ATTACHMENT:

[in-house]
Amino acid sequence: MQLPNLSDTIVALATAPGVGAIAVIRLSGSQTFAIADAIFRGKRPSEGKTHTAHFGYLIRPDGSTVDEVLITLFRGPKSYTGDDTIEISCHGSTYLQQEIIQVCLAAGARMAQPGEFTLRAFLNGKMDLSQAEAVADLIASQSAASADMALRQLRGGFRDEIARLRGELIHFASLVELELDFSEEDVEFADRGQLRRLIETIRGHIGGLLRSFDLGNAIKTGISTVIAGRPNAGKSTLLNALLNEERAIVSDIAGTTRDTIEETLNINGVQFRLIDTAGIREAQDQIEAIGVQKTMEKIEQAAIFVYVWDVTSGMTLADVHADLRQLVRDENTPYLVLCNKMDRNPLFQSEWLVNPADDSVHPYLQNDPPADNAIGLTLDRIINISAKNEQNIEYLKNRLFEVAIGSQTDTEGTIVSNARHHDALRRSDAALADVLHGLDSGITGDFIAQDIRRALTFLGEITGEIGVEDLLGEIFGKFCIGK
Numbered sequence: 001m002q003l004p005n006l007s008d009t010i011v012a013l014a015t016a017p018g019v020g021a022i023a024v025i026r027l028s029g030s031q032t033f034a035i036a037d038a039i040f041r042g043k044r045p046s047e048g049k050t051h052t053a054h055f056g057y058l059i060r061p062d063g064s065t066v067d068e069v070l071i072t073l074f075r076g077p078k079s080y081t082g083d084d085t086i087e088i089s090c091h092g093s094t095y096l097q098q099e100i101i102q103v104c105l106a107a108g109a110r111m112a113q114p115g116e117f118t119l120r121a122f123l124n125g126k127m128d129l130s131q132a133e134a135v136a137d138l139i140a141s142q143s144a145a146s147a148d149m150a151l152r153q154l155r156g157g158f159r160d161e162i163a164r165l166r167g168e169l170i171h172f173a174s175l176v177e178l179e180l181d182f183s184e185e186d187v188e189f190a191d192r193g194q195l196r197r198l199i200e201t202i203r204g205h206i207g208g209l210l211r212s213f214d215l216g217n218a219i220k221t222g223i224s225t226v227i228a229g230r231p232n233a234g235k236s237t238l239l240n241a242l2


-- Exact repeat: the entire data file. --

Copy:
[in-house]
Amino acid sequence: MQLPNLSDTIVALATAPGVGAIAVIRLSGSQTFAIADAIFRGKRPSEGKTHTAHFGYLIRPDGSTVDEVLITLFRGPKSYTGDDTIEISCHGSTYLQQEIIQVCLAAGARMAQPGEFTLRAFLNGKMDLSQAEAVADLIASQSAASADMALRQLRGGFRDEIARLRGELIHFASLVELELDFSEEDVEFADRGQLRRLIETIRGHIGGLLRSFDLGNAIKTGISTVIAGRPNAGKSTLLNALLNEERAIVSDIAGTTRDTIEETLNINGVQFRLIDTAGIREAQDQIEAIGVQKTMEKIEQAAIFVYVWDVTSGMTLADVHADLRQLVRDENTPYLVLCNKMDRNPLFQSEWLVNPADDSVHPYLQNDPPADNAIGLTLDRIINISAKNEQNIEYLKNRLFEVAIGSQTDTEGTIVSNARHHDALRRSDAALADVLHGLDSGITGDFIAQDIRRALTFLGEITGEIGVEDLLGEIFGKFCIGK
Numbered sequence: 001m002q003l004p005n006l007s008d009t010i011v012a013l014a015t016a017p018g019v020g021a022i023a024v025i026r027l028s029g030s031q032t033f034a035i036a037d038a039i040f041r042g043k044r045p046s047e048g049k050t051h052t053a054h055f056g057y058l059i060r061p062d063g064s065t066v067d068e069v070l071i072t073l074f075r076g077p078k079s080y081t082g083d084d085t086i087e088i089s090c091h092g093s094t095y096l097q098q099e100i101i102q103v104c105l106a107a108g109a110r111m112a113q114p115g116e117f118t119l120r121a122f123l124n125g126k127m128d129l130s131q132a133e134a135v136a137d138l139i140a141s142q143s144a145a146s147a148d149m150a151l152r153q154l155r156g157g158f159r160d161e162i163a164r165l166r167g168e169l170i171h172f173a174s175l176v177e178l179e180l181d182f183s184e185e186d187v188e189f190a191d192r193g194q195l196r197r198l199i200e201t202i203r204g205h206i207g208g209l210l211r212s213f214d215l216g217n218a219i220k221t222g223i224s225t226v227i228a229g230r231p232n233a234g235k236s237t238l239l240n241a242l2